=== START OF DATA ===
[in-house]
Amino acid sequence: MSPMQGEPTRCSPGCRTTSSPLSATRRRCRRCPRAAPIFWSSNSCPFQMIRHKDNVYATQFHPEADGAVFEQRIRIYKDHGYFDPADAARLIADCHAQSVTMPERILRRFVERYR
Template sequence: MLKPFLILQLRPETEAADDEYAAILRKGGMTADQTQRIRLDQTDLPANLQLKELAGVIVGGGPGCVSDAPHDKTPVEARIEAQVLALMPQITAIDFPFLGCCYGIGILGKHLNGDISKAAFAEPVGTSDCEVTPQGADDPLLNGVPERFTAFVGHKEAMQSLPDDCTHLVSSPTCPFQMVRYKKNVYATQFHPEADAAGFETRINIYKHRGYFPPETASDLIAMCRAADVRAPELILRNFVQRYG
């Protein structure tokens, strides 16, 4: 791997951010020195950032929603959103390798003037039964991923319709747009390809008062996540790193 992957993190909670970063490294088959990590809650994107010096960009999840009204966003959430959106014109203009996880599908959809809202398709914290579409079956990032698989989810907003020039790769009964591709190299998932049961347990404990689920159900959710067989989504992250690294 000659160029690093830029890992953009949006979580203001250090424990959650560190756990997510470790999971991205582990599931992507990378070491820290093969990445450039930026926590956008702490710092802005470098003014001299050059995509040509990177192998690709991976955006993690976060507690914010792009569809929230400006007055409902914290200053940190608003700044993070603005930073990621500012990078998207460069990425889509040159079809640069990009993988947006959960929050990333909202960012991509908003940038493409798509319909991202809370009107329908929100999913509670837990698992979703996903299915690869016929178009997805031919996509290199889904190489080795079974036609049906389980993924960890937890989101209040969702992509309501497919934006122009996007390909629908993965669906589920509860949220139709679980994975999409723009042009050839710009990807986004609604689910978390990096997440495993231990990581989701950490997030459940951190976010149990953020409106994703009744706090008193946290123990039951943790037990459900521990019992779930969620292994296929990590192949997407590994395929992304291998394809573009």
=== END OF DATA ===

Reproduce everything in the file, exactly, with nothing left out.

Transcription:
[in-house]
Amino acid sequence: MSPMQGEPTRCSPGCRTTSSPLSATRRRCRRCPRAAPIFWSSNSCPFQMIRHKDNVYATQFHPEADGAVFEQRIRIYKDHGYFDPADAARLIADCHAQSVTMPERILRRFVERYR
Template sequence: MLKPFLILQLRPETEAADDEYAAILRKGGMTADQTQRIRLDQTDLPANLQLKELAGVIVGGGPGCVSDAPHDKTPVEARIEAQVLALMPQITAIDFPFLGCCYGIGILGKHLNGDISKAAFAEPVGTSDCEVTPQGADDPLLNGVPERFTAFVGHKEAMQSLPDDCTHLVSSPTCPFQMVRYKKNVYATQFHPEADAAGFETRINIYKHRGYFPPETASDLIAMCRAADVRAPELILRNFVQRYG
């Protein structure tokens, strides 16, 4: 791997951010020195950032929603959103390798003037039964991923319709747009390809008062996540790193 992957993190909670970063490294088959990590809650994107010096960009999840009204966003959430959106014109203009996880599908959809809202398709914290579409079956990032698989989810907003020039790769009964591709190299998932049961347990404990689920159900959710067989989504992250690294 000659160029690093830029890992953009949006979580203001250090424990959650560190756990997510470790999971991205582990599931992507990378070491820290093969990445450039930026926590956008702490710092802005470098003014001299050059995509040509990177192998690709991976955006993690976060507690914010792009569809929230400006007055409902914290200053940190608003700044993070603005930073990621500012990078998207460069990425889509040159079809640069990009993988947006959960929050990333909202960012991509908003940038493409798509319909991202809370009107329908929100999913509670837990698992979703996903299915690869016929178009997805031919996509290199889904190489080795079974036609049906389980993924960890937890989101209040969702992509309501497919934006122009996007390909629908993965669906589920509860949220139709679980994975999409723009042009050839710009990807986004609604689910978390990096997440495993231990990581989701950490997030459940951190976010149990953020409106994703009744706090008193946290123990039951943790037990459900521990019992779930969620292994296929990590192949997407590994395929992304291998394809573009």